# Did i do this problem right

#### rijo664

This was the question

On a pleasant fall day (temperature of 21.0 degree Celcius) a lump of clay (with mass of
.855 kg) is thrown against the wall with a speed of 38.0 m/s. The clay deforms as it sticks to the wall, noiselessly. Assuming no heat escapes into the air, what will be the final temperature of the clay? (Assume the clay starts at the same temperature as the air; Specific heat of clay is 2555 J/kgK.

I did:
Temperature original= 21 degree F
Mass= .885c kg
V= 38.0 m/s
Specific Heat of clay= 2555 J/kgK
Temperature final= ?
Formula= Q=cm delta T
Delta T= Q/cm

These are the variables.
Here is what my answer was.

First i used the Kinetic Energy Formula that is
K=.5(m)(v squared)
I plugged in what i know that is the mass and the velocity
and i got 638.97 that is my kinetic energy.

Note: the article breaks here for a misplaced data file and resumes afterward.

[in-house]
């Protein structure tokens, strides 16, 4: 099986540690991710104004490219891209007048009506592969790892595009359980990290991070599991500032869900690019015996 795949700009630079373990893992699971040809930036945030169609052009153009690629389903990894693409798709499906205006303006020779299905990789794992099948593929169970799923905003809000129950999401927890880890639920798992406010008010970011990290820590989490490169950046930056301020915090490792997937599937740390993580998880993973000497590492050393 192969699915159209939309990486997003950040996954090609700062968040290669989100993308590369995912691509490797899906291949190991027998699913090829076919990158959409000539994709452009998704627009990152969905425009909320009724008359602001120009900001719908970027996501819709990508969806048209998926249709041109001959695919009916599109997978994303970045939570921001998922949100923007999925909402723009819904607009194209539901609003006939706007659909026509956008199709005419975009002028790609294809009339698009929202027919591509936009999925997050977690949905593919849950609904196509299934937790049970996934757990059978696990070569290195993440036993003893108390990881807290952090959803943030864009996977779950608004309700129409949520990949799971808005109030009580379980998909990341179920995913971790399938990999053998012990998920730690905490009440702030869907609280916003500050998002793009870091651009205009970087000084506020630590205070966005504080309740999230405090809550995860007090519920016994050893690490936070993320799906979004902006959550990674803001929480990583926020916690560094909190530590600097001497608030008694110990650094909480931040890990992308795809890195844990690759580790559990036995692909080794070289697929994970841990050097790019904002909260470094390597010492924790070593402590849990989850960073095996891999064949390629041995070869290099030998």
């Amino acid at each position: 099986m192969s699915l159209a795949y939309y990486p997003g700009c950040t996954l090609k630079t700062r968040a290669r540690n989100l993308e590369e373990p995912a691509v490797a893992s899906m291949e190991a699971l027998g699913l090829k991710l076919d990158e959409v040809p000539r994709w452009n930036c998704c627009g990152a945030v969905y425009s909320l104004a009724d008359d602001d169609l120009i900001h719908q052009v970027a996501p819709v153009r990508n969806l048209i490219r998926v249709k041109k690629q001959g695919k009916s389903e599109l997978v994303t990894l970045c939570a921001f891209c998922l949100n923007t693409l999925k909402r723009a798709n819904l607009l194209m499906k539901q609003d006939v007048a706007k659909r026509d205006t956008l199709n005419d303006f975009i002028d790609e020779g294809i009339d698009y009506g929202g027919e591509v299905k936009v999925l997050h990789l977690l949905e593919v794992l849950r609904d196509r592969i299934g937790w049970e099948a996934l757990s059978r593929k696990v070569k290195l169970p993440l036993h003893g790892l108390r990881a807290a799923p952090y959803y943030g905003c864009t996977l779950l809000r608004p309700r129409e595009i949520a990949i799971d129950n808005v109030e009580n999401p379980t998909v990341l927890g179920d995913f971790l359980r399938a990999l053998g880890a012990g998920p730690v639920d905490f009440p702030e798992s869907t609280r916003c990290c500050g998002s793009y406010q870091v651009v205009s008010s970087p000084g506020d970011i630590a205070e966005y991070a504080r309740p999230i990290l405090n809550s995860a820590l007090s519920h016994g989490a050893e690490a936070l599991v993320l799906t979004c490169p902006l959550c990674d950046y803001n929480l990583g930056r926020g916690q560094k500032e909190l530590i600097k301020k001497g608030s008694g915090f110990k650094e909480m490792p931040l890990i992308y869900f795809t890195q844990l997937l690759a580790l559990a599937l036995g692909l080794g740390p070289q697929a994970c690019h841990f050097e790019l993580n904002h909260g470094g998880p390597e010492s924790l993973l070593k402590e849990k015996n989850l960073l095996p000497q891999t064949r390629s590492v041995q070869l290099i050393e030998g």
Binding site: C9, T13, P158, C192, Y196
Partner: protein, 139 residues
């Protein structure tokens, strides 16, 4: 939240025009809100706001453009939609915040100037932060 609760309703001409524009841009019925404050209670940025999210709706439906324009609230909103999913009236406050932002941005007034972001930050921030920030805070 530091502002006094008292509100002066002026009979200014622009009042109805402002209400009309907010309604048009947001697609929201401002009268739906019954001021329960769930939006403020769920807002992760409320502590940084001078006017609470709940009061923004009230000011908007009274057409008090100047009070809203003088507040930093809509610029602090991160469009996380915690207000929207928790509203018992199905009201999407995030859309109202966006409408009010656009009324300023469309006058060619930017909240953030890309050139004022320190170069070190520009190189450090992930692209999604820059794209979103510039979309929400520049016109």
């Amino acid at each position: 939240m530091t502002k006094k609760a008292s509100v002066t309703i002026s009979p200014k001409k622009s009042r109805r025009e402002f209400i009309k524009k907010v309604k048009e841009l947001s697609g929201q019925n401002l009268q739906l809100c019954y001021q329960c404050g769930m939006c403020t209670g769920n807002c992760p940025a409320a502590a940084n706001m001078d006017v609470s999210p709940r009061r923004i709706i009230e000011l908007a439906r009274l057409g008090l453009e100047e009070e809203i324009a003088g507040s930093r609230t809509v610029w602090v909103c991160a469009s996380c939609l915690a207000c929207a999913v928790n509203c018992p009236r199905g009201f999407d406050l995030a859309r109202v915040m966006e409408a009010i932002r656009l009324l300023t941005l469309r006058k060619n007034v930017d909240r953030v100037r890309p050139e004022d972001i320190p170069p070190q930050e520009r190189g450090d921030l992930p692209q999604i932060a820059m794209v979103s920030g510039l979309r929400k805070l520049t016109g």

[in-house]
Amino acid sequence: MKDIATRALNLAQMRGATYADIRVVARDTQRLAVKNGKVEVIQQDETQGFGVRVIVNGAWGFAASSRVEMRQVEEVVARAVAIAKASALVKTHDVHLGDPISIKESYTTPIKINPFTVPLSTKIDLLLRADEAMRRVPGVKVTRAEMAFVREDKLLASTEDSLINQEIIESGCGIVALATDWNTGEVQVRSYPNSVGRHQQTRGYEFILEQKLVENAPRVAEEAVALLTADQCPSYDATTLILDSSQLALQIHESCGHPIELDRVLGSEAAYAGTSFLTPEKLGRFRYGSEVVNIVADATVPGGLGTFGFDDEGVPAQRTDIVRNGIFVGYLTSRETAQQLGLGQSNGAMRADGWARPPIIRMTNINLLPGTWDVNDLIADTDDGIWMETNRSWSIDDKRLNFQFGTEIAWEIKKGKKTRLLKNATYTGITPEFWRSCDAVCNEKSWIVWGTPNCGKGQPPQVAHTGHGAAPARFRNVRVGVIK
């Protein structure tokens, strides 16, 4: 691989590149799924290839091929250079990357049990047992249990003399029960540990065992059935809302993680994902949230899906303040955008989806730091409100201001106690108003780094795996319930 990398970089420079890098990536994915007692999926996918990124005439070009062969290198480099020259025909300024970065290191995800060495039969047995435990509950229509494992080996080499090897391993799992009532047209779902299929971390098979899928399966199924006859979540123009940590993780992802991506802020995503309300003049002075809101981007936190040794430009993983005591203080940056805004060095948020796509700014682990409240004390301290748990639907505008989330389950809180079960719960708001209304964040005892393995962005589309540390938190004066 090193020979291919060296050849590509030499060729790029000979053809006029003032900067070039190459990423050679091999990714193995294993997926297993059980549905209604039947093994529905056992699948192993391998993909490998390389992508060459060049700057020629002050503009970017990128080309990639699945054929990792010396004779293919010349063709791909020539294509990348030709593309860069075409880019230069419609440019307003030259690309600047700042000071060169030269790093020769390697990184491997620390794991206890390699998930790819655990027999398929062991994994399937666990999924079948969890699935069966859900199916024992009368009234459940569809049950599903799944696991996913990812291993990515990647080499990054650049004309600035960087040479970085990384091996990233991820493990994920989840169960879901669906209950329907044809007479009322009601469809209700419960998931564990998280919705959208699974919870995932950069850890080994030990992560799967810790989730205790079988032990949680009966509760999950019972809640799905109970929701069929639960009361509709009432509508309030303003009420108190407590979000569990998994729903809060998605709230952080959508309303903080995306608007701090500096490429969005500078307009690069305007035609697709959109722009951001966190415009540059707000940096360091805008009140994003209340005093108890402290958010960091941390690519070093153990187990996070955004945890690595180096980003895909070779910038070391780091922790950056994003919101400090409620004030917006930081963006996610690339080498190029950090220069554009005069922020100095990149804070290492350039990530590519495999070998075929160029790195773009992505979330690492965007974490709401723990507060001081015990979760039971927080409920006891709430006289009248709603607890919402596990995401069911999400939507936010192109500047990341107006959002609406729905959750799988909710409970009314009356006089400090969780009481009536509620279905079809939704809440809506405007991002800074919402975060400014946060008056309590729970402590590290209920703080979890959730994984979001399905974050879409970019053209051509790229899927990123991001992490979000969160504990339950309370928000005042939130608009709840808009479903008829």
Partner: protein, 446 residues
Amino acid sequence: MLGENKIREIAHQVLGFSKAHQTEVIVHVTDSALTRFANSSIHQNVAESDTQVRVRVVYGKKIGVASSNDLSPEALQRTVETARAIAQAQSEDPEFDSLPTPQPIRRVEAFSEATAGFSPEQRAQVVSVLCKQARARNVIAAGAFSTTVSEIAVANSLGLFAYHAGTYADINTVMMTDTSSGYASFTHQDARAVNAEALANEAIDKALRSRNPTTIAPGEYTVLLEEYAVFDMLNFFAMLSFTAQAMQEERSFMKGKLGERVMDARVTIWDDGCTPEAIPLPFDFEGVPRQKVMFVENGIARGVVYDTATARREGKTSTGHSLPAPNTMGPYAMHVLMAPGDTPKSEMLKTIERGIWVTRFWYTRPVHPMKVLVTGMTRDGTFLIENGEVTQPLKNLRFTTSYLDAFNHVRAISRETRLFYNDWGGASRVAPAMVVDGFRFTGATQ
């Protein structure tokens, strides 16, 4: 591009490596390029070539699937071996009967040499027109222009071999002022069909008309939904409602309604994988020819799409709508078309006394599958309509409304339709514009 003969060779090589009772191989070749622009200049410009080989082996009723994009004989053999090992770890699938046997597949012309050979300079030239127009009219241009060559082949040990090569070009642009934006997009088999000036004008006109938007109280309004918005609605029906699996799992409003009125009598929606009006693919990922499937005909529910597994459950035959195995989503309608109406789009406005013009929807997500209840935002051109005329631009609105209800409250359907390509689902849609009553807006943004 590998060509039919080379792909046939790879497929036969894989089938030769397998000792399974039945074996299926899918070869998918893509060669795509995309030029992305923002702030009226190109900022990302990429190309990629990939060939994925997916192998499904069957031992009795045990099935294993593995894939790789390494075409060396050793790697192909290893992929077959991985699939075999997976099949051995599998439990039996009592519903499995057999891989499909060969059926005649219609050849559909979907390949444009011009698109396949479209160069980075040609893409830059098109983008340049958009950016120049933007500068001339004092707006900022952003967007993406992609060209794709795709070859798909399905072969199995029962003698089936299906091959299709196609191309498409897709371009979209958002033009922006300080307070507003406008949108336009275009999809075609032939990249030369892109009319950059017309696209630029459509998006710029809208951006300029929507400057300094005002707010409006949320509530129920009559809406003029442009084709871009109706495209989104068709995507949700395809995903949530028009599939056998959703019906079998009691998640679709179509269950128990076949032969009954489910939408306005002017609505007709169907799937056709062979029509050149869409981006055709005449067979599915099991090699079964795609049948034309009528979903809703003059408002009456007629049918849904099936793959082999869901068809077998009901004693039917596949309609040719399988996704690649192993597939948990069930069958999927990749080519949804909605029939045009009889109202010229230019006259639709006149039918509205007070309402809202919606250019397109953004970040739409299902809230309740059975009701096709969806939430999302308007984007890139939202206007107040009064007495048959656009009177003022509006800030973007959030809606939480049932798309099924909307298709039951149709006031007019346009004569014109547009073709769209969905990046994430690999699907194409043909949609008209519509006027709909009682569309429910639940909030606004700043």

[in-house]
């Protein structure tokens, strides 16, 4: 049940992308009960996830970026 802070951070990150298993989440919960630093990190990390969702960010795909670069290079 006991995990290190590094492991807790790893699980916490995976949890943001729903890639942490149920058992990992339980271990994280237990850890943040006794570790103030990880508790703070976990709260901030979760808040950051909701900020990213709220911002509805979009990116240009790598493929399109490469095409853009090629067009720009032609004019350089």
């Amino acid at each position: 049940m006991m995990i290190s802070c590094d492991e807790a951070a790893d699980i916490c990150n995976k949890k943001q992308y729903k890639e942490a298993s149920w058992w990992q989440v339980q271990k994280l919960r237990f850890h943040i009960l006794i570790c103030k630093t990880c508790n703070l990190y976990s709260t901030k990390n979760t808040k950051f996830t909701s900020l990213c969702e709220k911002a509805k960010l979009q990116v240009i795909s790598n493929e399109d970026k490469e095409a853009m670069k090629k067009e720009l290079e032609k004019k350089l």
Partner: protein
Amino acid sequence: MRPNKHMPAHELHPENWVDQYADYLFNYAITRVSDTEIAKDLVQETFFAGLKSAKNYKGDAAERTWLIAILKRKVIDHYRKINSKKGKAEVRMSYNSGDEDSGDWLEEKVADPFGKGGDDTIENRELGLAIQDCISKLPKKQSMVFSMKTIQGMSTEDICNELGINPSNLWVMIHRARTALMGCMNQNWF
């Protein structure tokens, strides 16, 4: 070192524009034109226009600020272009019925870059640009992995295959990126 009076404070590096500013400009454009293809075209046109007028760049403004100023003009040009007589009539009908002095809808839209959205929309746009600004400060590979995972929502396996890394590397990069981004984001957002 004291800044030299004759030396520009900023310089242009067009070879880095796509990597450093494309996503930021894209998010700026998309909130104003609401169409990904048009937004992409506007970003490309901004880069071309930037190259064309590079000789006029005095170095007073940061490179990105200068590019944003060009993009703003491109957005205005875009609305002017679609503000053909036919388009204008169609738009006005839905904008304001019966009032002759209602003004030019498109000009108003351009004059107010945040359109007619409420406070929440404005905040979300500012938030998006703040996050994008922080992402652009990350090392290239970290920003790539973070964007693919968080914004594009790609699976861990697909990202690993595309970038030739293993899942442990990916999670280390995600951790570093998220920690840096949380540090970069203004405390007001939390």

In order to find the delta T i plugged what i got when i did the kinetic energy formula to the Specific heat formula that is
Delta T=638.97/the specific heat of clay and the mass of clay. and then i subtracted what i got with the initial temperature so am i right so far or wrong just need to know.

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#### learningphysics

Homework Helper
Is the mass 0.855 kg or 0.885kg? I used 0.855 and got a different kinetic energy...

Your method is correct. But remember that temperature increases... kinetic energy converts to heat. So you add delta T to the initial temperature.